Here's a two-part series on explaining the Trinity. There's certainly room for disagreement on certain points in the videos, but they're a good introduction to more careful thinking about the nature of God.
|Wall painting of Osiris|
Gerd Lüdemann: “It may be taken as historically certain that Peter and the disciples had experiences after Jesus’ death in which Jesus appeared to them as the risen Christ.”But if the evidence shows that Jesus' followers were convinced that he had appeared to them, how did they come to this belief? Can we explain their belief in Jesus' resurrection appearances by appealing to hallucinations?
Paula Fredriksen: “I know in their own terms what they saw was the raised Jesus. . . . I’m not saying that they really did see the raised Jesus. I wasn’t there. I don’t know what they saw. But I do know . . . as a historian that they must have seen something.”
E. P. Sanders: “That Jesus’ followers (and later Paul) had resurrection experiences is, in my judgement, a fact.”
A. J. M. Wedderburn: “It is an indubitable historical datum that sometime, somehow the disciples came to believe that they had seen the risen Jesus.”
Bart D. Ehrman: “We can say with complete certainty that some of his disciples at some later time insisted that (a) women from their group went to anoint Jesus’ body for burial and found it missing, and (b) he soon appeared to them, convincing them that he had been raised from the dead.”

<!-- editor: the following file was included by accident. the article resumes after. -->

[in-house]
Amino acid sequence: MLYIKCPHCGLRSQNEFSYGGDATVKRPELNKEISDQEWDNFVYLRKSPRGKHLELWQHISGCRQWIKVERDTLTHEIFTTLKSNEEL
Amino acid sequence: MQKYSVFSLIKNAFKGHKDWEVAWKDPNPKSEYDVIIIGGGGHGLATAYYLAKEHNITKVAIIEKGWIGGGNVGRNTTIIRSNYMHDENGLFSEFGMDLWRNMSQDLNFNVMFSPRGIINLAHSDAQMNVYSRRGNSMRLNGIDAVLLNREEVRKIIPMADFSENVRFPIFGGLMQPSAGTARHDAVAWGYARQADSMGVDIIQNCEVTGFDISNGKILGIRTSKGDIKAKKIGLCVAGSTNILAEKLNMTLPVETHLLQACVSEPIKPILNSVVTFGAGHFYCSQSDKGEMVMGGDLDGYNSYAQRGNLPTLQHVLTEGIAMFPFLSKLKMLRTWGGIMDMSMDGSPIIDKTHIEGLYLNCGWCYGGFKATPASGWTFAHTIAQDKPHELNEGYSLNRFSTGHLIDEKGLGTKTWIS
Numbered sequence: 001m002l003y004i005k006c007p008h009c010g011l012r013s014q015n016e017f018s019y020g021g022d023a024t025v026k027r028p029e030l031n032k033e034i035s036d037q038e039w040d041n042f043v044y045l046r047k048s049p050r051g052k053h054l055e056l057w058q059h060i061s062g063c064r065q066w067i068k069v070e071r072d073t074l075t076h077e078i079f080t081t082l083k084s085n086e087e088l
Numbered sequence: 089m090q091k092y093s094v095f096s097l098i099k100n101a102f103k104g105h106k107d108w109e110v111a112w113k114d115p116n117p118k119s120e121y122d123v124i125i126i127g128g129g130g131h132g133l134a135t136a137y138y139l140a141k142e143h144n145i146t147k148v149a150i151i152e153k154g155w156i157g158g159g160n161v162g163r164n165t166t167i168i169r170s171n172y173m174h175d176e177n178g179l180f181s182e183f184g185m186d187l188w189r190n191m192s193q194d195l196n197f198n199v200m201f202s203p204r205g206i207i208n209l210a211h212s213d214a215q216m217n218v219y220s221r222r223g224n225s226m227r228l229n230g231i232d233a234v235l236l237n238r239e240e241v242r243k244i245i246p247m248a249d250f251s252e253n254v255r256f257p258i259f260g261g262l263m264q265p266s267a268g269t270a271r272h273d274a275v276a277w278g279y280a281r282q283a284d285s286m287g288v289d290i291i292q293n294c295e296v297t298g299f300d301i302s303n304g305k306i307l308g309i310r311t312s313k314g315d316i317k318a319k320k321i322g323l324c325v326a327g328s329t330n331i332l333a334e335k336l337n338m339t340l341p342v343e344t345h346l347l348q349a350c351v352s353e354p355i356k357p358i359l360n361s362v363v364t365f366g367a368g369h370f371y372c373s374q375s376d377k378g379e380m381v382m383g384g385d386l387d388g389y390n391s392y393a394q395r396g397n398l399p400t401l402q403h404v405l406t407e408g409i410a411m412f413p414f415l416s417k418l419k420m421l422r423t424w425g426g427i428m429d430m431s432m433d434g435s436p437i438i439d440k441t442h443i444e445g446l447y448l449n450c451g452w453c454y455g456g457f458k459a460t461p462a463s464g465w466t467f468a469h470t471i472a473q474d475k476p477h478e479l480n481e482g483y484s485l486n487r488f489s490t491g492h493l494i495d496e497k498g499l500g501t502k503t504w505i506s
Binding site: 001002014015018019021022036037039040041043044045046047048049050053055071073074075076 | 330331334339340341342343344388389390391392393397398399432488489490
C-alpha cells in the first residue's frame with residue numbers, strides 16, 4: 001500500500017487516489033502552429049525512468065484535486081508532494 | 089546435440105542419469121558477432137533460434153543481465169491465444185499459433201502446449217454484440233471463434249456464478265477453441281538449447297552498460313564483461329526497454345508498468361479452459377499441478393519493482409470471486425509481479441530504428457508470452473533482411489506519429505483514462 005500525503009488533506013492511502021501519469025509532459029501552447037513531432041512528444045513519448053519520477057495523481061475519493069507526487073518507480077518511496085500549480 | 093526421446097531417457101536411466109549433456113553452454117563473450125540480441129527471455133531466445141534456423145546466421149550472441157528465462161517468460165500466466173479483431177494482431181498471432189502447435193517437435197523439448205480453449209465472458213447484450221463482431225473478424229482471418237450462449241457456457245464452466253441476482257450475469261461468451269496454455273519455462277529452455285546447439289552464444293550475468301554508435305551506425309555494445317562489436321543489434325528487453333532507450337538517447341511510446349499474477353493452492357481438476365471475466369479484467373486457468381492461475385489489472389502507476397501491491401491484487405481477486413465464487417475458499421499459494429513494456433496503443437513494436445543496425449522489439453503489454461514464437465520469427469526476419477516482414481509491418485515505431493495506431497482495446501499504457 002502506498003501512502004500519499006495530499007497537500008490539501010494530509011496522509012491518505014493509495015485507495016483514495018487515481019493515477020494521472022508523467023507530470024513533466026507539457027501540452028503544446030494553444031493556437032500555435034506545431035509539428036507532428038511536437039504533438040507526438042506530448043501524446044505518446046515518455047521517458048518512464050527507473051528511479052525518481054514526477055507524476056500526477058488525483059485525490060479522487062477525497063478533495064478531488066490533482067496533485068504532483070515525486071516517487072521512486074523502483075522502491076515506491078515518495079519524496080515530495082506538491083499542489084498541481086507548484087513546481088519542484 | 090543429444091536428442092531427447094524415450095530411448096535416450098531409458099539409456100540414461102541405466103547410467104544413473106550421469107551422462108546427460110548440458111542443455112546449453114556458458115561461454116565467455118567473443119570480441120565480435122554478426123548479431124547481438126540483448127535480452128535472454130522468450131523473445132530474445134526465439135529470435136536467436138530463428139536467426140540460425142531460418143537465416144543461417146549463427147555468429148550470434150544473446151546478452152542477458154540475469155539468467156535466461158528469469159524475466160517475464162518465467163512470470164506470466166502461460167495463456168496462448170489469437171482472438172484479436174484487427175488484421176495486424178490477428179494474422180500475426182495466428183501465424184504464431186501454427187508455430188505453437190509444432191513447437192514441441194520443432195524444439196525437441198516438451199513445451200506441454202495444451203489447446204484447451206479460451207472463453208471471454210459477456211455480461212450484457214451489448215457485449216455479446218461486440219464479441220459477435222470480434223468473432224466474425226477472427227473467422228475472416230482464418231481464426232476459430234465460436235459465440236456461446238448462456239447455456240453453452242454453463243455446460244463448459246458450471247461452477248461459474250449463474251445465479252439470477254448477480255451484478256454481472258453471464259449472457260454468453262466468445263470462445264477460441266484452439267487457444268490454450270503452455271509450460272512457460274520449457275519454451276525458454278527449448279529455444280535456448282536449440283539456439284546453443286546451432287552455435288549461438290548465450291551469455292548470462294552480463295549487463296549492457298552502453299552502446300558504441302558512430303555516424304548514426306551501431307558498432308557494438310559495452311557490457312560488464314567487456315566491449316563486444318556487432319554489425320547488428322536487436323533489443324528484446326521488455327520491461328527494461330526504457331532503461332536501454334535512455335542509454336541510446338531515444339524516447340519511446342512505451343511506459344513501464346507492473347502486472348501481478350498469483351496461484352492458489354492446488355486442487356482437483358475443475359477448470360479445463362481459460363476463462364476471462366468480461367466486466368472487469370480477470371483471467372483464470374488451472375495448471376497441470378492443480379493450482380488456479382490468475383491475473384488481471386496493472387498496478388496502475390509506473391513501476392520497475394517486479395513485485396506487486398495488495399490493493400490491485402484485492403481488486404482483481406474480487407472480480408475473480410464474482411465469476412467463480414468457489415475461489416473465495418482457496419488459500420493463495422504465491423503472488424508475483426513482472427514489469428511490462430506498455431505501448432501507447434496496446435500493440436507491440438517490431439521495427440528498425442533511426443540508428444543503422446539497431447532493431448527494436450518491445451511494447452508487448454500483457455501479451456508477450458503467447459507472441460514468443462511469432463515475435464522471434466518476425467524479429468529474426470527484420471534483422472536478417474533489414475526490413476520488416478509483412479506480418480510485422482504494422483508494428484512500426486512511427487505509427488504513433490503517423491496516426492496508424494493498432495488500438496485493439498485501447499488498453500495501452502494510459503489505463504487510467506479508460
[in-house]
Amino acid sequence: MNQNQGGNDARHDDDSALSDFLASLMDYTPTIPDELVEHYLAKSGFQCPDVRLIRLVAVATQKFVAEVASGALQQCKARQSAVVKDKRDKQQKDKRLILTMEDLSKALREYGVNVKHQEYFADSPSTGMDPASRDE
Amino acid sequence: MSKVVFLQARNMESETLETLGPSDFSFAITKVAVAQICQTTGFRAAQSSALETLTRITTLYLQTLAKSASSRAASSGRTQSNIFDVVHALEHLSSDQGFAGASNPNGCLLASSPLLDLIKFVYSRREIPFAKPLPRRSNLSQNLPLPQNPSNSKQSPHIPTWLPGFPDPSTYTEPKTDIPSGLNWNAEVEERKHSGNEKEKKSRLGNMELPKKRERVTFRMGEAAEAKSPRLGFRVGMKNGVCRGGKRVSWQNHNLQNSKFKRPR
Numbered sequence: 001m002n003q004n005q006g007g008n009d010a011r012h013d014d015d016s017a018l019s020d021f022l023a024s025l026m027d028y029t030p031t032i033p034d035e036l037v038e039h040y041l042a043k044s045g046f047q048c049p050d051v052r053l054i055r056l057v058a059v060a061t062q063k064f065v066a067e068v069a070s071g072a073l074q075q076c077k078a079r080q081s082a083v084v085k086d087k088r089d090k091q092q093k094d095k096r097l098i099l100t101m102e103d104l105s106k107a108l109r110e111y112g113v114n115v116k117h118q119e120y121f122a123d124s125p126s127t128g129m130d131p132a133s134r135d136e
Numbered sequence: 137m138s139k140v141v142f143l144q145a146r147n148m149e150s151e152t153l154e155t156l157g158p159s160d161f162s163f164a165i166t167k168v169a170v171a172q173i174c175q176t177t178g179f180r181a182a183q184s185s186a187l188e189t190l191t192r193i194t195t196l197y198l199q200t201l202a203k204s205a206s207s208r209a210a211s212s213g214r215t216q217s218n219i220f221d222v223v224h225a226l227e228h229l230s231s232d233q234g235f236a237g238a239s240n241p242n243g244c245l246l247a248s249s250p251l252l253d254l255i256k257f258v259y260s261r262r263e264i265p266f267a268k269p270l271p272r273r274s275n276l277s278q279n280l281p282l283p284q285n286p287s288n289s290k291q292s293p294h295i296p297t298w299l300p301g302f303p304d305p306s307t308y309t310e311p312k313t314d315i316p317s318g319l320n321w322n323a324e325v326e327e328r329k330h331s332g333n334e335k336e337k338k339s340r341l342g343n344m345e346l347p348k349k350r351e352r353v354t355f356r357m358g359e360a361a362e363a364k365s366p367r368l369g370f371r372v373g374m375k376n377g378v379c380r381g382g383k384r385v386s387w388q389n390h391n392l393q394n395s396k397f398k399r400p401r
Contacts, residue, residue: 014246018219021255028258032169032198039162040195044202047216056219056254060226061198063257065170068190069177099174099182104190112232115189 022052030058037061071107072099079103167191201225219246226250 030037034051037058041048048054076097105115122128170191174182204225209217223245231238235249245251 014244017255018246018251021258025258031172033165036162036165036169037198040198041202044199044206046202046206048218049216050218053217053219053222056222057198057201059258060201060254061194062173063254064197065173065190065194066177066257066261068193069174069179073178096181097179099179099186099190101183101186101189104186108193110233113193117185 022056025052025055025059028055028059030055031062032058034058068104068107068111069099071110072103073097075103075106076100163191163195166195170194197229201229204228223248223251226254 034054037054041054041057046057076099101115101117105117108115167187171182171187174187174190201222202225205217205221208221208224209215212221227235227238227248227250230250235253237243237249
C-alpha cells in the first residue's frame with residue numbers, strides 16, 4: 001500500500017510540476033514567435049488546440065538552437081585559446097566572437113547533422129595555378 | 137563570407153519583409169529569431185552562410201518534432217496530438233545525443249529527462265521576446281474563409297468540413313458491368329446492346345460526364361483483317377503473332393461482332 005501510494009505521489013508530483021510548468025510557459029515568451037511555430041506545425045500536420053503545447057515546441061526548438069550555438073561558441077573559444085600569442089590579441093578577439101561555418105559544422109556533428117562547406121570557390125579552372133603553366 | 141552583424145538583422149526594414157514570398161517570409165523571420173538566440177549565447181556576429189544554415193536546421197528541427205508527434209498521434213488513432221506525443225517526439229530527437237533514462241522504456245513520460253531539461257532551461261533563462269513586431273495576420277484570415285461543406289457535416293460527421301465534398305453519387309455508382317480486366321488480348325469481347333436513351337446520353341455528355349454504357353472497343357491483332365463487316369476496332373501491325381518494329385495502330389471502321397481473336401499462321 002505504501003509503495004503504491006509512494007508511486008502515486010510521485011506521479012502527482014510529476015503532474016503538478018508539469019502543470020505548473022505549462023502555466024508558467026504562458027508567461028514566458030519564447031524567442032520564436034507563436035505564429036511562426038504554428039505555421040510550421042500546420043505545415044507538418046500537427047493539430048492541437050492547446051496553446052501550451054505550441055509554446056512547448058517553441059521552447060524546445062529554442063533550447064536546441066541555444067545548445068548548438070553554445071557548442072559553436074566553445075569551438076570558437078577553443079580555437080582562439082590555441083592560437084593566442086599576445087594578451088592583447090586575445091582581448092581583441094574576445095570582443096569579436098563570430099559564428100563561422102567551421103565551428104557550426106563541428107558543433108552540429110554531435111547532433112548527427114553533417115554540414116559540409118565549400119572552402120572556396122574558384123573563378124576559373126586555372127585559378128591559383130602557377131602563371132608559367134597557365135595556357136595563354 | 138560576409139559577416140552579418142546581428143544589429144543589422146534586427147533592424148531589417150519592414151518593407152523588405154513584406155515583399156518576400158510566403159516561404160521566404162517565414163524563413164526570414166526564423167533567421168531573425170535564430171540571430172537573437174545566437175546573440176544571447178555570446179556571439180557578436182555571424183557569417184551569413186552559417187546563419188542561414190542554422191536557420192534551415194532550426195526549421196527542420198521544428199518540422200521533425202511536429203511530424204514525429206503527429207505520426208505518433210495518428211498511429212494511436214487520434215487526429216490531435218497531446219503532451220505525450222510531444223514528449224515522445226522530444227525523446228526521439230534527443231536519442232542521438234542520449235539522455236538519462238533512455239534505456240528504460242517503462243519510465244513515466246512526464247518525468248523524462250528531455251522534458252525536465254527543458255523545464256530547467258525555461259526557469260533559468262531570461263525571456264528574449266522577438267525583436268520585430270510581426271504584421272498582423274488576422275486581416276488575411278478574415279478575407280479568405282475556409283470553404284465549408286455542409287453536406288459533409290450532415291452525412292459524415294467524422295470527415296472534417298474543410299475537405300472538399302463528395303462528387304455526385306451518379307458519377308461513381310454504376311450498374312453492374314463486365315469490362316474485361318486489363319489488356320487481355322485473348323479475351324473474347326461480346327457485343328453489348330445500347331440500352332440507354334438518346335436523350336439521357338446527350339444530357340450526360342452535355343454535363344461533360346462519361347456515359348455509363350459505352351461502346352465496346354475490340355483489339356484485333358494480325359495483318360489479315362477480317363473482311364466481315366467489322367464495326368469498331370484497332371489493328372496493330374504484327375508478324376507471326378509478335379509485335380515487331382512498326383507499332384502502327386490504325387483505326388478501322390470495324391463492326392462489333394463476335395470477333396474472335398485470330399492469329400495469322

"No! It was Richard Dawkins!"
He explained that he was, and is, a huge admirer of Dawkins the biologist. (I'm with him there: I read The Blind Watchmaker when it first came out and was blown away.) "But then I read The God Delusion and it was… total crap. So bad that I started questioning my own atheism. Then he started tweeting."
Like a loony on top of the bus, no?
Funnily enough, this is the second time in a week that I've heard of Richard Dawkins leading someone to Christ. Let me refer you to an article in The Catholic Herald by Francis Phillips:
Judith Babarsky, an academic … having only a “surface level” understanding of Christianity as she admits, was recommended Richard Dawkins’ The God Delusion to read. She writes that when she began, she thought she would read “a logical, sceptical, nay scientific critique of religion.” Instead, she was surprised to find “strings of pejorative adjectives pretending to be argument, bald assertion pretending to be evidence, an incredibly arrogant attitude and a stance of moral equivalence incapable of distinguishing between the possible strengths and weaknesses of different religions…”Here is a link to Babarsky's original article, with its uncompromising title:
Indeed, Babarsky found Dawkins’ arguments so unsatisfactory, coupled with his own atheistic and fundamentalist stance, that they prompted her to examine for the first time what Christianity was all about. Her examination was to lead to her conversion to Catholicism. “In reading to refute Dawkins as well as educate myself … I discovered the God-man Jesus Christ. Not only did the Catholic view resonate with me emotionally but … it was intellectually honest.”